There are two constants at 626 Night Market: the first is the familiar bad-but-good smell of fermented tofu that greets you as you enter Santa Anita Park. The other is change, as in innovative takes on all sorts of street food. Past years’ markets have showcased IV-drip bags of boba tea, dog poop-shaped cotton candy, Thai curry with rice teddy bear heads, and liquid nitrogen ice cream that gives eaters a stream of “Heaven’s breath.”
Don’t let 626’s dedication to #EatingForTheInsta belie its vendors’ quality, though; at America’s largest Asian night market, you can get cuisine that is both spectacle and delectable. With the final LA market of the season taking place over Labor Day Weekend (September 1-3), these are the highlights you won’t want to miss.
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You’ve always dreamt of turning into a ladybug so you could drink dew from a leaf, right? Well, the closest you’ll come to achieving your Kafkaesque metamorphosis is slurping down Foody Lab’s rose-flavored raindrop cake. Served on a bamboo leaf, the molded droplet of vegetable jelly is flavored with prickly pear, rose sauce, and passion fruit, topped with flower petals, and plopped next to crushed peanuts for some much-needed texture. Easily the most refreshing Jell-O bite you’ll ever have.
Unwieldy? Yes. Worth it? Of course. Seeing a shortage of quality Hawaiian food options in LA that weren’t poke or Spam, food and fashion blogger June Quan started serving up garlic butter shrimp at 626 and Smorgasburg. The pineapple boat -- which has its leftover chunks made into a whipped dessert with mochi -- is packed with sweet shrimp served with the edible shell on, macaroni salad, and white rice dusted with furikake seasoning. Pair it with a creamy "magic matcha" with layers of purple beetroot and yellow turmeric.
The hands-down best bite in the Night Market belongs to the mandu (Korean dumplings) at Workaholic. The newly debuted mystery dumpling comes in a black wrapper, not because it’s harboring the soul of a demonic dokkaebi (Korean goblin), but because it’s been mixed with activated charcoal and then touched with liquid smoke for good measure. The dumpling is filled with pulled pork in a spicy gochujang marinade, sweet and smoked corn, green onions, cheddar cheese, and sweet potato noodles. The rest of the menu’s rainbow assortment includes beef bulgogi, coconut curry chicken, spicy pork and kimchi, shrimp and garlic, mushroom, and spicy garlic butter chicken.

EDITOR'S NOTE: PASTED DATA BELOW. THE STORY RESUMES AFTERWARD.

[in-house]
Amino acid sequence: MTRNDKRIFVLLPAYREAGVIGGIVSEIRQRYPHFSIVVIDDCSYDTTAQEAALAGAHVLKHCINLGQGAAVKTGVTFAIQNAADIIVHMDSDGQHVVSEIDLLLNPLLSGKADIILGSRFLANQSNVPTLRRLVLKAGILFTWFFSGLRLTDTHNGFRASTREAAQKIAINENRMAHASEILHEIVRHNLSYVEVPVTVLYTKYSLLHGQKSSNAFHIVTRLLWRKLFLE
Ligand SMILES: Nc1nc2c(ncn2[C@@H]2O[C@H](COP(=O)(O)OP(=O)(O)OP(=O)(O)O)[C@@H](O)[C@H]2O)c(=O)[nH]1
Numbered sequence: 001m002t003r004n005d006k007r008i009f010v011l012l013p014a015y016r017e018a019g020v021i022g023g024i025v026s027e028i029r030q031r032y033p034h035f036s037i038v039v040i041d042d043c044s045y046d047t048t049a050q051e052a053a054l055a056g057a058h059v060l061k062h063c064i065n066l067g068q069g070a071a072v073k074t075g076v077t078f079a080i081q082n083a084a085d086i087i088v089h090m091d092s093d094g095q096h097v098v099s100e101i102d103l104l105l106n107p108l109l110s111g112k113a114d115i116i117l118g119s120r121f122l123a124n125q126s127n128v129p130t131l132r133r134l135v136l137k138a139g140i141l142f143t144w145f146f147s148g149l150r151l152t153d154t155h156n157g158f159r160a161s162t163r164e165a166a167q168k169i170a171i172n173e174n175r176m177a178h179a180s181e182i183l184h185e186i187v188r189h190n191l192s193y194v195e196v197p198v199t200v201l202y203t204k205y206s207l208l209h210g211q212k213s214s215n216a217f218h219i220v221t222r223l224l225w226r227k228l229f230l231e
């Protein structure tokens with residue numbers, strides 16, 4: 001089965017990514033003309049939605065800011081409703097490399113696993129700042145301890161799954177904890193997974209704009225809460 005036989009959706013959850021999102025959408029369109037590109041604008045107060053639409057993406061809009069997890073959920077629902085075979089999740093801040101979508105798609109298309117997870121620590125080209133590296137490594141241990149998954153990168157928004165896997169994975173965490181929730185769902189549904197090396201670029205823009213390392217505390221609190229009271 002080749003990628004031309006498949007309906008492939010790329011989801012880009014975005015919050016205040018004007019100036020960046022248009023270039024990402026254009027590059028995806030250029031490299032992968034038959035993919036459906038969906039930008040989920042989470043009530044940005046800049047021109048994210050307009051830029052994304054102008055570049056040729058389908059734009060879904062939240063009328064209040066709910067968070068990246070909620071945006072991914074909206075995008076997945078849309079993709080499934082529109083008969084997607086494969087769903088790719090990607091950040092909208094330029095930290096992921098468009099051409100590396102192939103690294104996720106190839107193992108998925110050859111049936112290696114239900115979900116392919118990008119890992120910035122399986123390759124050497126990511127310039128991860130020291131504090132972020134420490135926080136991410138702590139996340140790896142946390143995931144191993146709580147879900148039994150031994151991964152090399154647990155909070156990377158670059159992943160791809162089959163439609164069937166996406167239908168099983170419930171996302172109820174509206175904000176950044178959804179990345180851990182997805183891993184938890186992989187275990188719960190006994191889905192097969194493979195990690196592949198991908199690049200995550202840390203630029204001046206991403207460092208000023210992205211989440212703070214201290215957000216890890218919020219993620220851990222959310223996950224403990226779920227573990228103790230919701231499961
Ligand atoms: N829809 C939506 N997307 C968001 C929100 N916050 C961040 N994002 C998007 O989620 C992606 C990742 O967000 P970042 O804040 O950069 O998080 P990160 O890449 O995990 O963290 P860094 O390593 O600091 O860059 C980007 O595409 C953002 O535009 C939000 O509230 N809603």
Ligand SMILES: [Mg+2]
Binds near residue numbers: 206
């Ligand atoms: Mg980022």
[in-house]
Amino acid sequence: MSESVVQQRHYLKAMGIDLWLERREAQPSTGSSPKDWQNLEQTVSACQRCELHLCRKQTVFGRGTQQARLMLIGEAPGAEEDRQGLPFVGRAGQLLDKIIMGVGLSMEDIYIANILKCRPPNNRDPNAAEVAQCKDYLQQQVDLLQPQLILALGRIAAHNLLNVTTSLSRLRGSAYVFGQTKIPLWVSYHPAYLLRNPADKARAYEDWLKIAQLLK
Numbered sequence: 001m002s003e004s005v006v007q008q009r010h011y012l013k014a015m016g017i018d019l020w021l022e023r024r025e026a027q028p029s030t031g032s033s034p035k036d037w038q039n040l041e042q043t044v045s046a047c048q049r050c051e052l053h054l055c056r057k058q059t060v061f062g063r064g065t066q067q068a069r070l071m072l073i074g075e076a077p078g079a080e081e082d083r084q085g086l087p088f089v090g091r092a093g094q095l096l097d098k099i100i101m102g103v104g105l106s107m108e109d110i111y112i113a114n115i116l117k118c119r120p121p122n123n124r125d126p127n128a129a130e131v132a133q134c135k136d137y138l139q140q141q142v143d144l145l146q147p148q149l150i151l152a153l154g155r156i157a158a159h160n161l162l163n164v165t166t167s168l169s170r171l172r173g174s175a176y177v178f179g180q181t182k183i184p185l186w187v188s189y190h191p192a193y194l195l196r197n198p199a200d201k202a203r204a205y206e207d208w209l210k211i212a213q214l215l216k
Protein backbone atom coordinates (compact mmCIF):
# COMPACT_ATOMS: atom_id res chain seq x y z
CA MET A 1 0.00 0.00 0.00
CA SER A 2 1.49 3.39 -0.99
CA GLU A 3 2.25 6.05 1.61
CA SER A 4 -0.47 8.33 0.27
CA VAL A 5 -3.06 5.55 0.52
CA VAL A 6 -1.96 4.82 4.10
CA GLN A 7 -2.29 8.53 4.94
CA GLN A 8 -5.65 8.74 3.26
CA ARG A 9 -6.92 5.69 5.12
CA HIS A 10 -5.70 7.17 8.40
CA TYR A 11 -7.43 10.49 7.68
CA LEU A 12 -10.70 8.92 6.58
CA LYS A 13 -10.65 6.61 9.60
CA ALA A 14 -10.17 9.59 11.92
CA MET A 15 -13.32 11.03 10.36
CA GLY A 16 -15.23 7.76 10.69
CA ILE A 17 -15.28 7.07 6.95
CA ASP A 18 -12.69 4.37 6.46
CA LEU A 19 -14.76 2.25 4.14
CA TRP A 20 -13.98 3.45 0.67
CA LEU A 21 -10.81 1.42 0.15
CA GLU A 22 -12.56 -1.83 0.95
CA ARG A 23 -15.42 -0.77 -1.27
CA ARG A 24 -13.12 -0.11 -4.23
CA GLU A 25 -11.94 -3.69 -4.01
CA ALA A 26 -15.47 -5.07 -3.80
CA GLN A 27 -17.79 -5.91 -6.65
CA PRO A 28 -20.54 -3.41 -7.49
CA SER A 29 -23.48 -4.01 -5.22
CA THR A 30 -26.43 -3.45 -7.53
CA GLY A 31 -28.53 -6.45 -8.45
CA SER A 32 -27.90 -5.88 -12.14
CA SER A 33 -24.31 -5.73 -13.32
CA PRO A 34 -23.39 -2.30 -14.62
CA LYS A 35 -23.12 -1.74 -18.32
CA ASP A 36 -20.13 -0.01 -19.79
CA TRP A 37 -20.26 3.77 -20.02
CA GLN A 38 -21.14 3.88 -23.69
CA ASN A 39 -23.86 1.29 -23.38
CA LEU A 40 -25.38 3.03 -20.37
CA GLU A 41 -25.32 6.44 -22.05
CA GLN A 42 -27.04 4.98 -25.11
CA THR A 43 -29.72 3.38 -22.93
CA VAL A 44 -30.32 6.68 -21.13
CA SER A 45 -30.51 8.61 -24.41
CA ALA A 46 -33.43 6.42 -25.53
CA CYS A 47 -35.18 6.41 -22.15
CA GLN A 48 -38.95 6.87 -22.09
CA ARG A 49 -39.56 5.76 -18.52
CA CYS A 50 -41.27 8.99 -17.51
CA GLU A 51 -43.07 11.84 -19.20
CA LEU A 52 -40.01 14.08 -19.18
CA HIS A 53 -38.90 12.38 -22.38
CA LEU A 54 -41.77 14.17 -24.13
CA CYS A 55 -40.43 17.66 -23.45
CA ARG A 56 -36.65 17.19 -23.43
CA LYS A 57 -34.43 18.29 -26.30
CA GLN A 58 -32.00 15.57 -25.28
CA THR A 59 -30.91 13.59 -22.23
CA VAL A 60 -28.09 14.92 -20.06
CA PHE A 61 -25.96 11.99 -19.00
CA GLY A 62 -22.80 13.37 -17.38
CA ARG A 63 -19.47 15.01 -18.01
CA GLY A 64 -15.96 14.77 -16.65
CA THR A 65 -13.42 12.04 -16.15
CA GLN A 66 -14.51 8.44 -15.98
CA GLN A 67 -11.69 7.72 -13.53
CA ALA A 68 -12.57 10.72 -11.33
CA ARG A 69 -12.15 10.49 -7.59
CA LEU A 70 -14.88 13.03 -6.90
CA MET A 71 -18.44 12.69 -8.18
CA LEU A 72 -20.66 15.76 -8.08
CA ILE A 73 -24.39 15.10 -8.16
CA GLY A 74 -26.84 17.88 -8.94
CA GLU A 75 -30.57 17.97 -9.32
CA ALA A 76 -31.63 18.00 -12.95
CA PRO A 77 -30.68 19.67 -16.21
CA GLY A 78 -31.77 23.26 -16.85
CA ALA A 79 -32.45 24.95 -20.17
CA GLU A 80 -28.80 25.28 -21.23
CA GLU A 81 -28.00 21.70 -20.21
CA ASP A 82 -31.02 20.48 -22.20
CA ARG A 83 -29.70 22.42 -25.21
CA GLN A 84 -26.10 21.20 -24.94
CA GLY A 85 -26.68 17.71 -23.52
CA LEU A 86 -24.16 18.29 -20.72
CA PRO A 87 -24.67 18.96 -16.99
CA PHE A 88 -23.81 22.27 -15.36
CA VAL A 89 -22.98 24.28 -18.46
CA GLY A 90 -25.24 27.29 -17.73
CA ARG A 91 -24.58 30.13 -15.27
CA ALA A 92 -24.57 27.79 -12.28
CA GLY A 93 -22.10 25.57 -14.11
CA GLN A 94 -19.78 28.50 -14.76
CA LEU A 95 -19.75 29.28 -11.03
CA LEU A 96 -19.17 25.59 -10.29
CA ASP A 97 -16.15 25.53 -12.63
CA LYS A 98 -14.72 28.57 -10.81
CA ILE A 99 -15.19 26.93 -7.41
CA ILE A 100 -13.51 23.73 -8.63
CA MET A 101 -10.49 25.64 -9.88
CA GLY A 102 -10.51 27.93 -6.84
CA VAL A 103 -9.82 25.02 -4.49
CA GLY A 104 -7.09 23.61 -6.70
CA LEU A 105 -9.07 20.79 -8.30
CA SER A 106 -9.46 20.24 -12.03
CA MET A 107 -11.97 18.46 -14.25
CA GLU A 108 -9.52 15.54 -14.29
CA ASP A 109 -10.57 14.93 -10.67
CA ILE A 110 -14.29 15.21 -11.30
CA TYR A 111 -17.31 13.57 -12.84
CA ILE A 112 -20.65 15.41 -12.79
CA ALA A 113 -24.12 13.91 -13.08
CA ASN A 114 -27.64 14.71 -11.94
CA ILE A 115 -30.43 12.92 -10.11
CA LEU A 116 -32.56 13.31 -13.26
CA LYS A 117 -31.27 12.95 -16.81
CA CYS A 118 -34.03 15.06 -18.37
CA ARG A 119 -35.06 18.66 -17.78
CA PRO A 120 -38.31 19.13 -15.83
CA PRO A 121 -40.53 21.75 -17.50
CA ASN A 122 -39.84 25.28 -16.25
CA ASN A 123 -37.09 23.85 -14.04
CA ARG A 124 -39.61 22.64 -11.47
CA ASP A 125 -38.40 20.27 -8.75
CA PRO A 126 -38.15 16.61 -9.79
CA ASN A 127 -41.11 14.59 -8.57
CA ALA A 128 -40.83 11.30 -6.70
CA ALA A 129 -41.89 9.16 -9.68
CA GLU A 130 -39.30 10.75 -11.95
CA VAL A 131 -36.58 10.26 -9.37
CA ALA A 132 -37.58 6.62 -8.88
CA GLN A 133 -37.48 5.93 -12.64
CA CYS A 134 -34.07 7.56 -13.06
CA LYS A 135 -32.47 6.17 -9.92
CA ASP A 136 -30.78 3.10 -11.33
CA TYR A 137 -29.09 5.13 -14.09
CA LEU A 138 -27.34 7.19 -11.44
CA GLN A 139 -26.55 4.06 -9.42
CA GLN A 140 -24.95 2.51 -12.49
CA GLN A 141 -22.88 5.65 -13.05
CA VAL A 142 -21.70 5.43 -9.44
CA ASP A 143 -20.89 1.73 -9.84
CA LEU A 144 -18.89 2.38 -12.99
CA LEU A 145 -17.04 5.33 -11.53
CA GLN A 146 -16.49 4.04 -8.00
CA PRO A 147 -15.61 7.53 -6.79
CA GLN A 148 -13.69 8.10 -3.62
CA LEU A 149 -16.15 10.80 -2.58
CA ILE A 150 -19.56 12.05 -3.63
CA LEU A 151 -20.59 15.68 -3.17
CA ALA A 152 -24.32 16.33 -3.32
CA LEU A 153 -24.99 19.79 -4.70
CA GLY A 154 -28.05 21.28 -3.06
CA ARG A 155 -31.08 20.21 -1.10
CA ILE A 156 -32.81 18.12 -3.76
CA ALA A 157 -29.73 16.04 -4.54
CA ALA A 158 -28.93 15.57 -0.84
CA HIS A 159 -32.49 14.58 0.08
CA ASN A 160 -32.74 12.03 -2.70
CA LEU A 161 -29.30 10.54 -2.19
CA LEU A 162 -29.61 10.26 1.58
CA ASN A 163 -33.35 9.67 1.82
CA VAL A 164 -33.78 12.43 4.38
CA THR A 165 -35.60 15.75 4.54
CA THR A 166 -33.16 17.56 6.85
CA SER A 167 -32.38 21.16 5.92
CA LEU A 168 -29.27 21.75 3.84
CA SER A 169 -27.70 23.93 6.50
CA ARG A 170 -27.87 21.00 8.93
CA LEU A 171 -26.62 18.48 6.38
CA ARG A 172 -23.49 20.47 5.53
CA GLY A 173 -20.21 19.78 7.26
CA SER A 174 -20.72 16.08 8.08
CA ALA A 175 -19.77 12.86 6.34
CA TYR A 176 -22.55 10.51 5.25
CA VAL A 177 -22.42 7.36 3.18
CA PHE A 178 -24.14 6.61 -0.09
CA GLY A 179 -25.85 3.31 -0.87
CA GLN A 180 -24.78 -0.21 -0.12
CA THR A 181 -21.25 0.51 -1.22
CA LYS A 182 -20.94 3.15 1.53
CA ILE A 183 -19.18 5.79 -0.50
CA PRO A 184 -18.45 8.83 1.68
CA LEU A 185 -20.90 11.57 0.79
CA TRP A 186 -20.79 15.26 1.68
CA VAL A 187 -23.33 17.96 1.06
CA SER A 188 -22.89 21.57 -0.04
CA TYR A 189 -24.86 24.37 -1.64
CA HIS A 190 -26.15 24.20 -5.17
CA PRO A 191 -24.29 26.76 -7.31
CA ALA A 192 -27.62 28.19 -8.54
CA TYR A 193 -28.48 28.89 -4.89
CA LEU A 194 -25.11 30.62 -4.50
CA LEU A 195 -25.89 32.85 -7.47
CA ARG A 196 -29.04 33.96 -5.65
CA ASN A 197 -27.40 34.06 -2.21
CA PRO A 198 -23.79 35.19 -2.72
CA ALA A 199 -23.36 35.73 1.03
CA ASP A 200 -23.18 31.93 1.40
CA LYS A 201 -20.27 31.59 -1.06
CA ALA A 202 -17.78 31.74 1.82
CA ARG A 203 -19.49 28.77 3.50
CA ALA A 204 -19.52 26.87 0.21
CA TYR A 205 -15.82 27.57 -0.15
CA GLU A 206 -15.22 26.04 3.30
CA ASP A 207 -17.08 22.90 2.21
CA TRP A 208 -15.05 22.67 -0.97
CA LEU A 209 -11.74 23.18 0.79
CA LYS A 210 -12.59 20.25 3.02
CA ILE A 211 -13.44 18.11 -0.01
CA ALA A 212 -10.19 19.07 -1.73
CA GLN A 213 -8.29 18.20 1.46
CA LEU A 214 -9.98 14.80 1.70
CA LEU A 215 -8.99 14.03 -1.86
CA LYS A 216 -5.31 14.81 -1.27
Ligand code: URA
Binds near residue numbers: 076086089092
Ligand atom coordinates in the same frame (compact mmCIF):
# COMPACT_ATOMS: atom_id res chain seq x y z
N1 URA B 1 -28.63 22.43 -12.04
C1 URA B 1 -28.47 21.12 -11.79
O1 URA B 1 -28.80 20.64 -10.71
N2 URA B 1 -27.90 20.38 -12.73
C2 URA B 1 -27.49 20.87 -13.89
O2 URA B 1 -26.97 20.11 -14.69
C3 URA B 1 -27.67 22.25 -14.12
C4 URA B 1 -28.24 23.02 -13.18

I’m sure you’ve had one burning question on your mind through this whole story: “But Sean, how were the dick cakes?” Well, at the behest of fellow Night Market connoisseurs (and, coincidentally, a few angry internet commenters to my past articles), I can confirm the cake was pretty tasty. The spongy-yet-firm D-cakes are pressed from a molded waffle iron that, of course, is made in Taiwan. The batter is blended with Nutella, and the finished cakes get a drizzle of condensed milk for some added, er, protein. If you're not feeling the D, Yummy Hero does offer some less phallic eats such as grilled squid, smoked sausage, and a grilled eel bowl as well.
The eponymous Liam of this lemonade stand is a three-year-old boy with an understandable desire to have the food he eats be at least as colorful as a team of Power Rangers. In addition to the lineup of berry-centric and tropical lemonades, Liam’s also roasts elotes with 20+ seasonings, some of which possess a strikingly similar (and not at all coincidental) taste to Doritos and Flamin’ Hot Cheetos. For the highly Grammable Uni-Corn elote, the idea is simple: coat the roasted corn in butter and mayo, then strategically sprinkle colored cotija cheese.
Much like the Spanish Inquisition, nobody expects great paella at an Asian night market. Yet here we are, staring into a 40-inch pan of caramelized, ever-so-slightly burnt bomba rice meshed with shrimp, squid, mussels, lobster, and sweet bell peppers. All of the ingredients, right down to the manchego cheese, are sourced from Spanish importer La Española Meats in Harbor City.
Just when you thought we were all out of food mash-up combinations, in steps Norigami with some nori tempura taco shells. The deep-fried seaweed shells are the perfect vessel for an assortment of seafood that includes ahi tuna and salmon, BBQ eel, and crispy soft-shell crab. On rare occasions, a pork belly char siu and ramen variation is also available.
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Sean Cooley is based in LA and covers food, travel, and events that occasionally include 300-foot Slip 'N Slides. Follow his spirit quest on Instagram @SeanCoolish.